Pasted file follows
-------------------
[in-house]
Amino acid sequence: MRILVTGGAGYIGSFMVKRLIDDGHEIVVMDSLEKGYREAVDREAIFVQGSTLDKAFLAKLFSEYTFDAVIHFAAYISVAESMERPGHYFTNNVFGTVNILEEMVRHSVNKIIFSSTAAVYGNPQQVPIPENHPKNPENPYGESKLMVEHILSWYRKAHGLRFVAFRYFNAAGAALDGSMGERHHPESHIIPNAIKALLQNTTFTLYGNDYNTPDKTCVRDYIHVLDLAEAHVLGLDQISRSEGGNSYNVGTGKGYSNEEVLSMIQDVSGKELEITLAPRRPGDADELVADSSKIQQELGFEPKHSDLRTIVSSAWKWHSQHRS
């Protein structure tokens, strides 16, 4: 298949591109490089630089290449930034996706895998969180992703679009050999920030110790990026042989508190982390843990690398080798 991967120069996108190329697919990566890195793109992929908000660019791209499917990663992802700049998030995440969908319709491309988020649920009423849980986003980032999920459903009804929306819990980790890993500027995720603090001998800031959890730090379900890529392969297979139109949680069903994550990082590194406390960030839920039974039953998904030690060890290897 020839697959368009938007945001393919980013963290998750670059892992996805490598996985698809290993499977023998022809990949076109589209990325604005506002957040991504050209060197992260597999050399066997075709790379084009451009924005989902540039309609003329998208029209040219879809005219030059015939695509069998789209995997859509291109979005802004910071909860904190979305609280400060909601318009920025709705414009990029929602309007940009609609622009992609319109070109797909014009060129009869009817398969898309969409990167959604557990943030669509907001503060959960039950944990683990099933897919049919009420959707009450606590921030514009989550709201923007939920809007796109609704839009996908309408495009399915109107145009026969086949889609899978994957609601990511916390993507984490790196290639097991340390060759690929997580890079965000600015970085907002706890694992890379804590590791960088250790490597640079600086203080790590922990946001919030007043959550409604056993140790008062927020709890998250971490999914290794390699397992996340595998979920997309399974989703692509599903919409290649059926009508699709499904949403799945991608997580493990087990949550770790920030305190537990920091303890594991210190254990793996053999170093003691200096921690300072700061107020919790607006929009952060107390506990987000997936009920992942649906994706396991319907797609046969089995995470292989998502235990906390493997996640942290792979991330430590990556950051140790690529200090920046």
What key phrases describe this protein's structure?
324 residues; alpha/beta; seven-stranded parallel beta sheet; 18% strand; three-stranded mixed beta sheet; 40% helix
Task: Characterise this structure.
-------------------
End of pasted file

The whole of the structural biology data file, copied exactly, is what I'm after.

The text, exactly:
[in-house]
Amino acid sequence: MRILVTGGAGYIGSFMVKRLIDDGHEIVVMDSLEKGYREAVDREAIFVQGSTLDKAFLAKLFSEYTFDAVIHFAAYISVAESMERPGHYFTNNVFGTVNILEEMVRHSVNKIIFSSTAAVYGNPQQVPIPENHPKNPENPYGESKLMVEHILSWYRKAHGLRFVAFRYFNAAGAALDGSMGERHHPESHIIPNAIKALLQNTTFTLYGNDYNTPDKTCVRDYIHVLDLAEAHVLGLDQISRSEGGNSYNVGTGKGYSNEEVLSMIQDVSGKELEITLAPRRPGDADELVADSSKIQQELGFEPKHSDLRTIVSSAWKWHSQHRS
């Protein structure tokens, strides 16, 4: 298949591109490089630089290449930034996706895998969180992703679009050999920030110790990026042989508190982390843990690398080798 991967120069996108190329697919990566890195793109992929908000660019791209499917990663992802700049998030995440969908319709491309988020649920009423849980986003980032999920459903009804929306819990980790890993500027995720603090001998800031959890730090379900890529392969297979139109949680069903994550990082590194406390960030839920039974039953998904030690060890290897 020839697959368009938007945001393919980013963290998750670059892992996805490598996985698809290993499977023998022809990949076109589209990325604005506002957040991504050209060197992260597999050399066997075709790379084009451009924005989902540039309609003329998208029209040219879809005219030059015939695509069998789209995997859509291109979005802004910071909860904190979305609280400060909601318009920025709705414009990029929602309007940009609609622009992609319109070109797909014009060129009869009817398969898309969409990167959604557990943030669509907001503060959960039950944990683990099933897919049919009420959707009450606590921030514009989550709201923007939920809007796109609704839009996908309408495009399915109107145009026969086949889609899978994957609601990511916390993507984490790196290639097991340390060759690929997580890079965000600015970085907002706890694992890379804590590791960088250790490597640079600086203080790590922990946001919030007043959550409604056993140790008062927020709890998250971490999914290794390699397992996340595998979920997309399974989703692509599903919409290649059926009508699709499904949403799945991608997580493990087990949550770790920030305190537990920091303890594991210190254990793996053999170093003691200096921690300072700061107020919790607006929009952060107390506990987000997936009920992942649906994706396991319907797609046969089995995470292989998502235990906390493997996640942290792979991330430590990556950051140790690529200090920046």
What key phrases describe this protein's structure?
324 residues; alpha/beta; seven-stranded parallel beta sheet; 18% strand; three-stranded mixed beta sheet; 40% helix
Task: Characterise this structure.